I don’t think of myself as writing about controversial issues or being unabashed or anything like that. I try to be as honest as possible and tell the truth (from my narrator’s perspective). I don’t think there’s any reason to write if you aren’t willing to do this. As far as how this might inform my teaching: I’ll always push writers when they need to be pushed, but I try not to do it in a pushy way.

What/whom are you reading now?

Right now I’m reading two story collections: Jenny Diski’s The Vanishing Princess and Lucia Berlin’s A Manual for Cleaning Women. I’m actually rereading the Berlin because I’ve assigned it to my students.

I was going to say that both of these books were published posthumously, but I just googled it and the Diski collection was originally published in 1995 in the U.K. but is just now available in the U.S. So sort of posthumously? They’re both brilliant. I wish I’d found these writers decades ago.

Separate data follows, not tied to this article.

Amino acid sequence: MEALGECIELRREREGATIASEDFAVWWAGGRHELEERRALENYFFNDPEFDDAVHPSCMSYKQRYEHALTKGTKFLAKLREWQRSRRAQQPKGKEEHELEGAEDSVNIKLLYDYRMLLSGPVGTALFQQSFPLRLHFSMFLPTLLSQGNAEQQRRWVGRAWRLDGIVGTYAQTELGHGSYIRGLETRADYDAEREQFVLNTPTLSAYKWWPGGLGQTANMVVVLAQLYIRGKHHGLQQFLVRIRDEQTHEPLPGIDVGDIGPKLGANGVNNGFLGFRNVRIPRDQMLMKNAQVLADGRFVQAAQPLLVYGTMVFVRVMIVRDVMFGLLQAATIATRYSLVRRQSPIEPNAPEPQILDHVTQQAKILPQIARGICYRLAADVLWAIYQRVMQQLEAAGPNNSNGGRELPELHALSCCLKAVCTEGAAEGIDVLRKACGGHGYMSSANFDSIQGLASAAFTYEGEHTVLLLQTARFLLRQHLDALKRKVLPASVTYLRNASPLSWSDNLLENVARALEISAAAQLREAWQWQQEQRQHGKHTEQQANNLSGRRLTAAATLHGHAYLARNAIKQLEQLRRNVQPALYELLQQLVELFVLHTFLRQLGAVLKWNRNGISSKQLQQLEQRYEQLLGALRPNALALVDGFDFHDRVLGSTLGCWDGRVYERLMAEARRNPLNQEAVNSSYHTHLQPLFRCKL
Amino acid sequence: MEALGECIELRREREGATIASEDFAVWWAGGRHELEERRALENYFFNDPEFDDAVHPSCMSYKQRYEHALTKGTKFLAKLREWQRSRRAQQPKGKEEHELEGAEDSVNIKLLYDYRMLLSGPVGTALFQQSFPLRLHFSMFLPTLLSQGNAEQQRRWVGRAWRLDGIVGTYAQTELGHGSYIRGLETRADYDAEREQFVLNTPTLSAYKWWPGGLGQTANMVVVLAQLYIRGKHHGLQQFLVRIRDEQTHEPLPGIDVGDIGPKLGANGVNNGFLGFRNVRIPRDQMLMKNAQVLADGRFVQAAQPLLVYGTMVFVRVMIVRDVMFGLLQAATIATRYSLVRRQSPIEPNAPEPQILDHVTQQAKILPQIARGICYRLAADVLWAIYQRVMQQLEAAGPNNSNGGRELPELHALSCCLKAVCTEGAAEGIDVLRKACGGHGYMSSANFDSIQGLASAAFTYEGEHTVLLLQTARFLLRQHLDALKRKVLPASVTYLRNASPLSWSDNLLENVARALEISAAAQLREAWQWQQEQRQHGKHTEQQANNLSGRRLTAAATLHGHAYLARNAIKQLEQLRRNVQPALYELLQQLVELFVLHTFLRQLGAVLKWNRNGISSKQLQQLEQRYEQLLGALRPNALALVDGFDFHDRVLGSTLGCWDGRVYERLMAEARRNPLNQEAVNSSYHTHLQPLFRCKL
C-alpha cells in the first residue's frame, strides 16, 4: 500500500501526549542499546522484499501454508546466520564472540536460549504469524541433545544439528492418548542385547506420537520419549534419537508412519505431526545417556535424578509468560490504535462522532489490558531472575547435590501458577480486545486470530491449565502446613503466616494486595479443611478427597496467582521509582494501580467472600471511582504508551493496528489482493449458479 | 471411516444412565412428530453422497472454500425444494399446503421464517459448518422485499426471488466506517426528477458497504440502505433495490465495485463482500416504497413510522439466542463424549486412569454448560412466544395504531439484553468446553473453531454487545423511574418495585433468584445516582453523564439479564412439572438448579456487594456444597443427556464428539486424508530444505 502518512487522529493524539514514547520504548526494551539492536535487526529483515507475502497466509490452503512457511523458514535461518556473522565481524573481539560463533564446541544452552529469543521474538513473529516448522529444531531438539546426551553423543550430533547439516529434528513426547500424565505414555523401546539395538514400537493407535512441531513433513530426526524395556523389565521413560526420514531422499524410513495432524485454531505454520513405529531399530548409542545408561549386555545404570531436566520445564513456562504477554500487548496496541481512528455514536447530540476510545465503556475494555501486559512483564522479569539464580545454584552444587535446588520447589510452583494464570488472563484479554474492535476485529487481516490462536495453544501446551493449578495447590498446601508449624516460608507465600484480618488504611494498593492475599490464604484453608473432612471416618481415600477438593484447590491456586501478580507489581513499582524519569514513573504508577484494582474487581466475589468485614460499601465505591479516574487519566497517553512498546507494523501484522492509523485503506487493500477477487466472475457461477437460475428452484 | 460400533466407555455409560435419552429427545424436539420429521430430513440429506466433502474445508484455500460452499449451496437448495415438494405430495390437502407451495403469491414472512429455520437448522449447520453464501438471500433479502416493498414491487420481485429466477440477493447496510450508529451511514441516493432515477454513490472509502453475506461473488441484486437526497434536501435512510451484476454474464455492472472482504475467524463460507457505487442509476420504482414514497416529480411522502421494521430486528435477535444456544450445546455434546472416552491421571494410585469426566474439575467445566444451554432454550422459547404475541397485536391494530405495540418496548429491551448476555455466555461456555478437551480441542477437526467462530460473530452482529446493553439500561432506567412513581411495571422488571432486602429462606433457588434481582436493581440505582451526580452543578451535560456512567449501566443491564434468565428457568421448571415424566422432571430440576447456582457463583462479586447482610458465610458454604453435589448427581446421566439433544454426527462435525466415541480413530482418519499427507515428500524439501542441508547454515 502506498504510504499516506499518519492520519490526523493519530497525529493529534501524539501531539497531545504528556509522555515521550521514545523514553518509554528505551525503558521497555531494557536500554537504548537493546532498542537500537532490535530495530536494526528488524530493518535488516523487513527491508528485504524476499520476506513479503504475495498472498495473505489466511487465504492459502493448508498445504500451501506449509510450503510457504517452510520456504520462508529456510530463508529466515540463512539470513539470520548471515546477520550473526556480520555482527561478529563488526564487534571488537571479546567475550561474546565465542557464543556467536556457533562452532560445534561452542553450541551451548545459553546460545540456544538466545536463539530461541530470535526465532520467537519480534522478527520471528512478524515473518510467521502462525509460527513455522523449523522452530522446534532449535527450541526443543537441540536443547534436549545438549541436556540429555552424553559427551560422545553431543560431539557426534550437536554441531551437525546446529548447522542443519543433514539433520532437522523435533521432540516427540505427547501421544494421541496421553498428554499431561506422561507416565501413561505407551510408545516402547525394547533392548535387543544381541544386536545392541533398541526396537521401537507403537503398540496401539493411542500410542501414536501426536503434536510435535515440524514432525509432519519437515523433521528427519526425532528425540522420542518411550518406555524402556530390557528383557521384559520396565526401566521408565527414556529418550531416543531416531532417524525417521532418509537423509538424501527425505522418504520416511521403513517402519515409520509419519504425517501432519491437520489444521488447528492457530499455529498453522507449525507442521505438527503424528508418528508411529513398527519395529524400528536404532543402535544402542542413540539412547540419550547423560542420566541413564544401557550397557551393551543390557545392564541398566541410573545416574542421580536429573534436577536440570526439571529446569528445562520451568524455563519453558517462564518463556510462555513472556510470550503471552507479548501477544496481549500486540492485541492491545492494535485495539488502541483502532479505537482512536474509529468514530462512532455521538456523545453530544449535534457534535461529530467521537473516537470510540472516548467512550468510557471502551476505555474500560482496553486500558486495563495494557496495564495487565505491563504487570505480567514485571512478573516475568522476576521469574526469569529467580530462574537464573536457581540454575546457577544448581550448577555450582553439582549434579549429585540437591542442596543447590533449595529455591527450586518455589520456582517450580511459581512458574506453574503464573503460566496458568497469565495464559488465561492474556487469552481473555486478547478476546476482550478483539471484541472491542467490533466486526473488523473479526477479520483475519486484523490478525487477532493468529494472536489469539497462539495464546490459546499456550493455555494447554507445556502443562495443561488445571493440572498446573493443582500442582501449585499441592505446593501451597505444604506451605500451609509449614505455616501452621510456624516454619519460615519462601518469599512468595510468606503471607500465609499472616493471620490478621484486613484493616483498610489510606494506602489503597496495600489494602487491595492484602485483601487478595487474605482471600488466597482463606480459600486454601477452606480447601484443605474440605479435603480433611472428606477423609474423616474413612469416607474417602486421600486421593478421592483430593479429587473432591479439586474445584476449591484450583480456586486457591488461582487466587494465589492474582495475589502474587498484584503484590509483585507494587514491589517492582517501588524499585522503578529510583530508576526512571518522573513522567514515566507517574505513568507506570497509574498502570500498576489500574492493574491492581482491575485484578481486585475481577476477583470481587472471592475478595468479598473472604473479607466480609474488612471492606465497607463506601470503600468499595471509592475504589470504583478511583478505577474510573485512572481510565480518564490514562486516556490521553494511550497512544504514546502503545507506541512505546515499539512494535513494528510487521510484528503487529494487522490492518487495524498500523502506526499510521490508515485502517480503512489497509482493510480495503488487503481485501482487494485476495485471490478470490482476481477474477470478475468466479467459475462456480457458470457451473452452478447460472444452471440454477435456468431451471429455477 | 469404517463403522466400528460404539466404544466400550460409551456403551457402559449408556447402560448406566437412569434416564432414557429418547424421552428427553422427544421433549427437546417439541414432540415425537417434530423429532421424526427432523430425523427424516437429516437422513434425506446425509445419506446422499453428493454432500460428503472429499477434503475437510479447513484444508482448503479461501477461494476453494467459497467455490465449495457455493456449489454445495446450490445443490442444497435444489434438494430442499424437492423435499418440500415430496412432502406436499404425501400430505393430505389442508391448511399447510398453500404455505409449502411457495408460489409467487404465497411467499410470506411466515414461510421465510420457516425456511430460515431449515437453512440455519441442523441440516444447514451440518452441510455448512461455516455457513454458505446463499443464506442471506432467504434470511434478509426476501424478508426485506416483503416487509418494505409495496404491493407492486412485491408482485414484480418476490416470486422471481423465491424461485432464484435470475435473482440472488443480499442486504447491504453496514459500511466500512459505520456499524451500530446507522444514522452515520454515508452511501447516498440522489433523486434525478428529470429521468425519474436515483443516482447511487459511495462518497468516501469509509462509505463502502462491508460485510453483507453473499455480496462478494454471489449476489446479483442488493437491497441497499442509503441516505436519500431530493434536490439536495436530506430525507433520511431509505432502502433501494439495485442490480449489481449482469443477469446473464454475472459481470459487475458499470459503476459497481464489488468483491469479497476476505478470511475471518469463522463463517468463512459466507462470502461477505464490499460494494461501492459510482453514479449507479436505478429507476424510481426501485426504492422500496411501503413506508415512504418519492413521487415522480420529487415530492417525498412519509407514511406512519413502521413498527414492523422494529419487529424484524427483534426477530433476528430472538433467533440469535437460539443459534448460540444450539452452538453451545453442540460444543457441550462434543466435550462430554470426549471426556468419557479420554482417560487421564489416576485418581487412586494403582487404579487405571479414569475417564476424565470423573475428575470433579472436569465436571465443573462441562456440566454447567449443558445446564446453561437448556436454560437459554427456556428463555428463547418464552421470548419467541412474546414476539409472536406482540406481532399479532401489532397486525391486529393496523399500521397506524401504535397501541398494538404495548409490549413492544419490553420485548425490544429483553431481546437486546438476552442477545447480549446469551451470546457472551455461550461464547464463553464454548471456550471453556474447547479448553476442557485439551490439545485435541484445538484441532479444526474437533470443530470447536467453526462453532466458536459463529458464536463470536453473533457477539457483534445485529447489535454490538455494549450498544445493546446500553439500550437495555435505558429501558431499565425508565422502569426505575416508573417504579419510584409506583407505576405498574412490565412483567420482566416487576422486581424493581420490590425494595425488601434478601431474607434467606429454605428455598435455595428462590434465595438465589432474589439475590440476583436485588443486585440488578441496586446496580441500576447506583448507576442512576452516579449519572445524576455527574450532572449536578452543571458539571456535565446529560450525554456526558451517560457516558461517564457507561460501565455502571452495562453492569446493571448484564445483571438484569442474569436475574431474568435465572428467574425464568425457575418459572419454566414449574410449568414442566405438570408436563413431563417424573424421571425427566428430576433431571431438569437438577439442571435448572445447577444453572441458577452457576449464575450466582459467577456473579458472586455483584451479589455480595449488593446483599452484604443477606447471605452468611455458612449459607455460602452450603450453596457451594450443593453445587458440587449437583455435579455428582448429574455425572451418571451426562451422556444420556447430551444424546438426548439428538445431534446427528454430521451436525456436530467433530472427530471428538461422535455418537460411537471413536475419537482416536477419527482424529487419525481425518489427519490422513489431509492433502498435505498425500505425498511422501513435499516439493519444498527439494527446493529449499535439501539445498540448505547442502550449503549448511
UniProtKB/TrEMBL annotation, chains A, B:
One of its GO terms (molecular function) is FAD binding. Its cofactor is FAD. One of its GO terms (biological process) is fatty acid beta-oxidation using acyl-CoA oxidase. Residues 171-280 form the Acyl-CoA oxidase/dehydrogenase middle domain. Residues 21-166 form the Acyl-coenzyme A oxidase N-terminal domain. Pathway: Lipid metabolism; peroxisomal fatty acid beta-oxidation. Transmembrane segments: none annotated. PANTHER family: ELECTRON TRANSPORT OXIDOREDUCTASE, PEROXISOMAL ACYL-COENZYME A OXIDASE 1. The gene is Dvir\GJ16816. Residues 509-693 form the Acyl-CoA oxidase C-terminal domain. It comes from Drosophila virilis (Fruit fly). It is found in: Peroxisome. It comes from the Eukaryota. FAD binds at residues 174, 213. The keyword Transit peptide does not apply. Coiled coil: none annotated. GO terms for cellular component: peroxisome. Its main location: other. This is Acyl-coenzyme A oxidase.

What’s next on the horizon for you? 

I finished a draft of a novel recently and need to start editing it soon. Right now I’m working on an essay about Jason Molina, a musician that more people should listen to/know about (I also love living people!). I’m enjoying writing flash fiction again, too. It’s so gratifying to write a draft of a story in a very short period of time.

We have one full scholarship available for the retreat as well as limited 20% scholarships for those with financial need. To apply for a scholarship, send a packet of no more than (15) pages of prose along with a brief statement on why you would like to attend this workshop to Erin Elizabeth Smith at erin@sundresspublications.com no later than April 10th, 2018. Winners will be announced in late April.

Summer Poetry Writing Retreat

SAFTALOGO

Sundress Academy for the Arts Announces
2018 Summer Poetry Writing Retreat